By Jason Elmquist
STILLWATER — Heading into Saturday’s game against Iowa State, it’s easy to remember back a year ago when it was the Cyclones that served Oklahoma State its only loss in the program’s best season on record.
Playing a Friday night contest on ESPN in Ames, Iowa, the Cyclones held on as OSU nearly won it in regulation with a Quinn Sharp field goal, but went on to beat the previously unbeaten Cowboys in double overtime. The circumstances weren’t normal that contest, however, as the OSU family had suffered a tragedy earlier that day with the death of OSU women’s basketball coaches Kurt Budke and Miranda Serna.
“We could talk and had meetings and told the team that we decided to play the game and needed to move forward,” OSU coach Mike Gundy recalled this week. “But it’s not like you walk out of that banquet room in the hotel and feel better about it – nobody did.
“The tragedy I remember more than I do the game because that’s going to last forever. That score is forever, but our team ended up on a very good note at the end of the season. The tragedy and what we went through and all the families went through is something we’ll never forget.”
While the tragedy still lingers for many, so too does the upset against a team that heading in didn’t look to be an opponent that could stop the Cowboys. And because of that, there was a stinging feeling that followed the loss to the Cyclones – especially as the Iowa State fans stormed the field as OSU tried to escape to the locker room.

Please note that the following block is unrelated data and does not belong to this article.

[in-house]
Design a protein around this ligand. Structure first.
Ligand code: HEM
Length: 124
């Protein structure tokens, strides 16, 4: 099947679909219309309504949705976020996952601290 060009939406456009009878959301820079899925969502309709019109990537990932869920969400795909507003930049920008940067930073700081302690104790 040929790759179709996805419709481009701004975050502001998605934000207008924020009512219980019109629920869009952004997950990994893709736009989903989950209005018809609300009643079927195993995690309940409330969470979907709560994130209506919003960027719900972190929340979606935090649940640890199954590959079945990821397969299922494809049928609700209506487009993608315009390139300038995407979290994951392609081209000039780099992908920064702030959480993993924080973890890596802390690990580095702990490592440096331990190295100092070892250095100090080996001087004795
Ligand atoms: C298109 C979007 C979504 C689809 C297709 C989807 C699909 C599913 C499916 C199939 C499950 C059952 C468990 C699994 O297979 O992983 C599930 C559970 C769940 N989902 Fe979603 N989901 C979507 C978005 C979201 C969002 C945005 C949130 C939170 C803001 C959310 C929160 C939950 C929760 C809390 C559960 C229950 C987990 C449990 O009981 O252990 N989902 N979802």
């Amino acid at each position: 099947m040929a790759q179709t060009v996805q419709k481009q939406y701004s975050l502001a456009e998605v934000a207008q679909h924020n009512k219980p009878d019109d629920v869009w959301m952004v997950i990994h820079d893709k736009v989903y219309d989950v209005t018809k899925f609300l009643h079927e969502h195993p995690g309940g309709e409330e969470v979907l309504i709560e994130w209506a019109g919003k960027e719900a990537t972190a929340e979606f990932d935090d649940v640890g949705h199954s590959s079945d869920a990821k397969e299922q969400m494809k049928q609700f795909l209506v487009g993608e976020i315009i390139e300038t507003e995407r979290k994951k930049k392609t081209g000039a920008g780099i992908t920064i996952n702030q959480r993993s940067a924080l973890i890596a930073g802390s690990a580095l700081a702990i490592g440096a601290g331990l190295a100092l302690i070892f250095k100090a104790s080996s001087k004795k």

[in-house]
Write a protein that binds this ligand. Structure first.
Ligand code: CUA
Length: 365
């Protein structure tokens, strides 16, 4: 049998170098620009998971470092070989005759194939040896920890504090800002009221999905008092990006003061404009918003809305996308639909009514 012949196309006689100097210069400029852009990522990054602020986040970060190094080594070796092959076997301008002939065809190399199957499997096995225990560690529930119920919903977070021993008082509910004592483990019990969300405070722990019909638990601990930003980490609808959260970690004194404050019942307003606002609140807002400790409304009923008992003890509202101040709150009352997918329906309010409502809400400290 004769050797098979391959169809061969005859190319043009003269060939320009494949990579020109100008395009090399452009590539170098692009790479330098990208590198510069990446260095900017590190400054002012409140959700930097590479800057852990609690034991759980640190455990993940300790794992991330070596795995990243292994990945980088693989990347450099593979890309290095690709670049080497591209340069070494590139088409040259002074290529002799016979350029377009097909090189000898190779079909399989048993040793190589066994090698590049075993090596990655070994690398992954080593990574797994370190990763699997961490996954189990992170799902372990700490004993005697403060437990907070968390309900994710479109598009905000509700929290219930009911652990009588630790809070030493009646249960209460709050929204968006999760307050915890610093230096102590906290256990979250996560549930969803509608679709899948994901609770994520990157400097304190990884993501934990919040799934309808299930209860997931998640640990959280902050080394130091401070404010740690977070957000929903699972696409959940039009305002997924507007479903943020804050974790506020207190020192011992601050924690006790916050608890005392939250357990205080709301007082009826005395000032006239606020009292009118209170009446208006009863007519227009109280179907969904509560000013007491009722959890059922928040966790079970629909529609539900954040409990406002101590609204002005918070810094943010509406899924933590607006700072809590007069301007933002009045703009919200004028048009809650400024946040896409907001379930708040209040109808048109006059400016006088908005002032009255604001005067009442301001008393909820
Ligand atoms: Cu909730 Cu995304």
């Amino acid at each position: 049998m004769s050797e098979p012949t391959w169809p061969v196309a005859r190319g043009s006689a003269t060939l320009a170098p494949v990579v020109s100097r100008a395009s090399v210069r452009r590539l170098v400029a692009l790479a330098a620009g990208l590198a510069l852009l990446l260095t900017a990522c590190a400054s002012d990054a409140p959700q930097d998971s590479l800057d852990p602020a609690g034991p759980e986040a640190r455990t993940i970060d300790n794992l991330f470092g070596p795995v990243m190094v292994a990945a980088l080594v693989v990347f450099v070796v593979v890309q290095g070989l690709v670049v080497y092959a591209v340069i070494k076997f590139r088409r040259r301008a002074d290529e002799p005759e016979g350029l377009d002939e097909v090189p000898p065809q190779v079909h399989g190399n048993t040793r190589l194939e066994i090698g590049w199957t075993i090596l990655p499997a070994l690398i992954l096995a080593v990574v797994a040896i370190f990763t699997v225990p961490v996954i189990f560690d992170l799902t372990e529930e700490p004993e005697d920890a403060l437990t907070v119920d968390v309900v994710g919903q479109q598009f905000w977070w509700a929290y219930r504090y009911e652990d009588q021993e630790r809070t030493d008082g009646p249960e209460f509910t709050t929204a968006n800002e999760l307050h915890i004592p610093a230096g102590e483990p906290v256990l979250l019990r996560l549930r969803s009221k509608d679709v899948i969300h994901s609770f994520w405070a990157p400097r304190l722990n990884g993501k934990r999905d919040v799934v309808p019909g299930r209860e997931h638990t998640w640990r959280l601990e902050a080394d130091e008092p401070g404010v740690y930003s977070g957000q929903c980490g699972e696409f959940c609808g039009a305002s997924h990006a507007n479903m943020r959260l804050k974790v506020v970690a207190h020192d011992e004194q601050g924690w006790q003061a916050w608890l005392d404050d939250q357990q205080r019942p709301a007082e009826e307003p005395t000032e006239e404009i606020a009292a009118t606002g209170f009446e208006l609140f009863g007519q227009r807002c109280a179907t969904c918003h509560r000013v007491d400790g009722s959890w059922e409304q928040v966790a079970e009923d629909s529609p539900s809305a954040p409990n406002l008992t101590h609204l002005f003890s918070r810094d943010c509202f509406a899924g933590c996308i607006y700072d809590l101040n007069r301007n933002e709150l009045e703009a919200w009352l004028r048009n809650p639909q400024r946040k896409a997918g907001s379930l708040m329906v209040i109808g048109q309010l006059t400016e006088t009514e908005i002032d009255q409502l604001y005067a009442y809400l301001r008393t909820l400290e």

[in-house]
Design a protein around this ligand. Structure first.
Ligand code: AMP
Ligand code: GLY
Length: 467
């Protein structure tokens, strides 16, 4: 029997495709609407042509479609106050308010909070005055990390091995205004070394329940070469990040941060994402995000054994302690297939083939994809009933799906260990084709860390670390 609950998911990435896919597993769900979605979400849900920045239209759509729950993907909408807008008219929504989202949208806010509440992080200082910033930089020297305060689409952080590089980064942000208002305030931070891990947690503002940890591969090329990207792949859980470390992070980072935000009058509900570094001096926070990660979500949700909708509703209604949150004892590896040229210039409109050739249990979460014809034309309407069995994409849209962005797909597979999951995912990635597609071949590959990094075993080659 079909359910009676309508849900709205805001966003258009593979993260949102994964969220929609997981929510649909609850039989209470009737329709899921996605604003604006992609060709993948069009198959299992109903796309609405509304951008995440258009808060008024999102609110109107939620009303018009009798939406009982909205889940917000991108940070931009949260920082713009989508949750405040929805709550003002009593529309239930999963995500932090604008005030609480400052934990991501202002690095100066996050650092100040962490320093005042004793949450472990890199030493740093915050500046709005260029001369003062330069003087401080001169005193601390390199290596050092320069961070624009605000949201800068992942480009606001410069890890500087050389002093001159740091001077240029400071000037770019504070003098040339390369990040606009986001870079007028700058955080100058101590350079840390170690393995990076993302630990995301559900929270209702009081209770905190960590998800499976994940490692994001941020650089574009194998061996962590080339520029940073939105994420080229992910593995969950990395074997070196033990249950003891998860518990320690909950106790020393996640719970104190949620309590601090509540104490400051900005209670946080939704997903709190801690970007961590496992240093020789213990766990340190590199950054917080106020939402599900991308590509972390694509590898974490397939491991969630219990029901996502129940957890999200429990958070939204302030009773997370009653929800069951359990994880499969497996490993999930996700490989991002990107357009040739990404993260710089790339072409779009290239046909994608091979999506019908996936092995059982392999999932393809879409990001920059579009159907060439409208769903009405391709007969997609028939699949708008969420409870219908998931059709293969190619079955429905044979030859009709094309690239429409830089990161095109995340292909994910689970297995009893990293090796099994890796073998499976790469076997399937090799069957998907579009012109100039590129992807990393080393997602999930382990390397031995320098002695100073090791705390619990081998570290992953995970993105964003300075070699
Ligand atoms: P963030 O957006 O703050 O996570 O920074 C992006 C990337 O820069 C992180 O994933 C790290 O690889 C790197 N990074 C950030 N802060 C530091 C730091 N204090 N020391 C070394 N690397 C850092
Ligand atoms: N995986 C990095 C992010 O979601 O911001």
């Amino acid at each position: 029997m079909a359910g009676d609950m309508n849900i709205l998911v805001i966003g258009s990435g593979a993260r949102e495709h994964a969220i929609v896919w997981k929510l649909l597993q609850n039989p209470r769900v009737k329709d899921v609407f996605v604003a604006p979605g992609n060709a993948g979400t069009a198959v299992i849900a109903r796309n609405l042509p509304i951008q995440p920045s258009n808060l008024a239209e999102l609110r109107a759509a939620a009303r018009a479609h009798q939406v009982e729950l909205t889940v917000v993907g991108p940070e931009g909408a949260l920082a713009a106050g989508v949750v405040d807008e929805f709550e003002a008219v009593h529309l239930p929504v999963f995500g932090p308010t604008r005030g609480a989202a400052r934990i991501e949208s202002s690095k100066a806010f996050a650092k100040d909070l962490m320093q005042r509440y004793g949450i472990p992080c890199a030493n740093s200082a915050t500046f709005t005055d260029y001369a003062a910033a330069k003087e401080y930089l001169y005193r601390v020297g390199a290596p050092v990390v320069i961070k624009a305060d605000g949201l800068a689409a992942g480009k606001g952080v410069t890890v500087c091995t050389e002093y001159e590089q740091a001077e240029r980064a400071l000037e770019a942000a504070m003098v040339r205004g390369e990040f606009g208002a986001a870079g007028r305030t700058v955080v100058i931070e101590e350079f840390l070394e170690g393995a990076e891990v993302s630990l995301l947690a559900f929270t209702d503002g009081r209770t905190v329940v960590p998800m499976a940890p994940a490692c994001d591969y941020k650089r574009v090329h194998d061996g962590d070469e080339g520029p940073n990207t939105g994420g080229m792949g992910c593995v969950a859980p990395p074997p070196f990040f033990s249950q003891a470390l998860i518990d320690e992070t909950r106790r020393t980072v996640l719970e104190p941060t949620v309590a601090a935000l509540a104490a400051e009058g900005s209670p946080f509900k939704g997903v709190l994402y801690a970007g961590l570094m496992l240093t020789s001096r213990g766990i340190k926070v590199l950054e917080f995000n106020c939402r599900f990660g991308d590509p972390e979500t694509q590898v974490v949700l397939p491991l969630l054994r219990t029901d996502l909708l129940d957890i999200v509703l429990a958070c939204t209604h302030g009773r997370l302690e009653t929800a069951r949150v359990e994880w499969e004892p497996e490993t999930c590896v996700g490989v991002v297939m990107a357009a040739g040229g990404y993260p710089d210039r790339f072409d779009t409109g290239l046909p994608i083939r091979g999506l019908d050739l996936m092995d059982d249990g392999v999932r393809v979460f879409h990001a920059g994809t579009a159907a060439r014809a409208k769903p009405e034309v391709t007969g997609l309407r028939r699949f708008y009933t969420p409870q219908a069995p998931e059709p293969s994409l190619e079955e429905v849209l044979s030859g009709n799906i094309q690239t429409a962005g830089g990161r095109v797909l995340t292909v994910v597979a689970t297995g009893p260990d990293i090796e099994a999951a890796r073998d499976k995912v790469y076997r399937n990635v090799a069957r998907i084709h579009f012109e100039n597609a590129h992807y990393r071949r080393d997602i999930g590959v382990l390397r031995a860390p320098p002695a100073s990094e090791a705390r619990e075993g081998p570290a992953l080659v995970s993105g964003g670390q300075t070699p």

“The feeling after Iowa State was a terrible feeling,” receiver Charlie Moore said. “The whole weekend was just kind of jacked up, but after that loss it just leaves a sour taste that you don’t have in your mouth. It’s not about a payback game this weekend. We’re not looking at it like that. But that memory is something we can use to our advantage.”
Though Gundy expects some players will recall last year’s loss, he also said that players can’t solely focus on getting revenge.
“I don’t think that it goes unnoticed. I think most of that is overrated. I can’t imagine that some players might not reflect back on that,” Gundy said. “They have to go out and play a sound football game. They have to be in the right spot and adjust based on whatever position they are in, offense or defense. If you get caught up in that then you won’t play very well.”
The coaches understand though, that with young adults, getting some revenge will probably play somewhat of a motivating factor prior to the game.
“Revenge and all that, that lasts for a couple minutes and then all the sudden you’re in the game concentrating on the next play, and all that stuff goes out the window,” defensive coordinator Bill Young said. “No question we need to study our film from a year ago and we need to study what they’re doing this year. The coaches are going to get a game plan together.”
For some of the players, watching the film of last year’s loss this week will be the first time since then.
“Once that game was over, everybody had such bad feelings that we stopped watching it and cut it off and went to the next game,” defensive end Nigel Nicholas said. “It’s going to be tough going back to it again, but we’ll try to make it different this year.”
It may have been tough to watch the film, but it wasn’t difficult to remember the last year’s lone loss when getting prepared for this season.
“We worked all summer, all spring and every time we’d say ‘Remember what Iowa State did to us and how it felt after the Iowa State game? We don’t want to feel that again,’” Nicholas said.
Regardless if players and coaches expect revenge to be a driving force for the team this week, Nicholas is certain about one thing – there won’t be need for pep talks.
“They don’t have to say anything to us to get us pumped up for this game because we all know what happened last year,” Nicholas said.